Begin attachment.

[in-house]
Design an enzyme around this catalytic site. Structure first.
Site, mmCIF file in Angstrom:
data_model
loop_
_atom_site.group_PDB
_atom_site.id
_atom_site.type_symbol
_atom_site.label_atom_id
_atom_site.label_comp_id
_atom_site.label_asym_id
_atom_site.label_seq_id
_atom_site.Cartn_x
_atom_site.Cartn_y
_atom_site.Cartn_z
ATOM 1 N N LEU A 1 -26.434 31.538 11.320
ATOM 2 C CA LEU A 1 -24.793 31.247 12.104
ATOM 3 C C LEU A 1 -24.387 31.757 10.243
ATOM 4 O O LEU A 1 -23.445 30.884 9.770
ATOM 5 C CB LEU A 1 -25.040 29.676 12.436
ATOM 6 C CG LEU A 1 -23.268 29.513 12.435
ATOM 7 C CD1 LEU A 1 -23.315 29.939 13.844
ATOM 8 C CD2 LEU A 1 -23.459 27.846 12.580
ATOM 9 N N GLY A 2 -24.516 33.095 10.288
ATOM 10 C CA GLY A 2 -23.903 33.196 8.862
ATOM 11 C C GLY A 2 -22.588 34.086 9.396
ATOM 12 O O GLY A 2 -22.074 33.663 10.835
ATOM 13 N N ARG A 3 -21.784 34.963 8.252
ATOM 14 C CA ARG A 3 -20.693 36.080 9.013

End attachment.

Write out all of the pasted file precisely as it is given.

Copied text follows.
[in-house]
Design an enzyme around this catalytic site. Structure first.
Site, mmCIF file in Angstrom:
data_model
loop_
_atom_site.group_PDB
_atom_site.id
_atom_site.type_symbol
_atom_site.label_atom_id
_atom_site.label_comp_id
_atom_site.label_asym_id
_atom_site.label_seq_id
_atom_site.Cartn_x
_atom_site.Cartn_y
_atom_site.Cartn_z
ATOM 1 N N LEU A 1 -26.434 31.538 11.320
ATOM 2 C CA LEU A 1 -24.793 31.247 12.104
ATOM 3 C C LEU A 1 -24.387 31.757 10.243
ATOM 4 O O LEU A 1 -23.445 30.884 9.770
ATOM 5 C CB LEU A 1 -25.040 29.676 12.436
ATOM 6 C CG LEU A 1 -23.268 29.513 12.435
ATOM 7 C CD1 LEU A 1 -23.315 29.939 13.844
ATOM 8 C CD2 LEU A 1 -23.459 27.846 12.580
ATOM 9 N N GLY A 2 -24.516 33.095 10.288
ATOM 10 C CA GLY A 2 -23.903 33.196 8.862
ATOM 11 C C GLY A 2 -22.588 34.086 9.396
ATOM 12 O O GLY A 2 -22.074 33.663 10.835
ATOM 13 N N ARG A 3 -21.784 34.963 8.252
ATOM 14 C CA ARG A 3 -20.693 36.080 9.013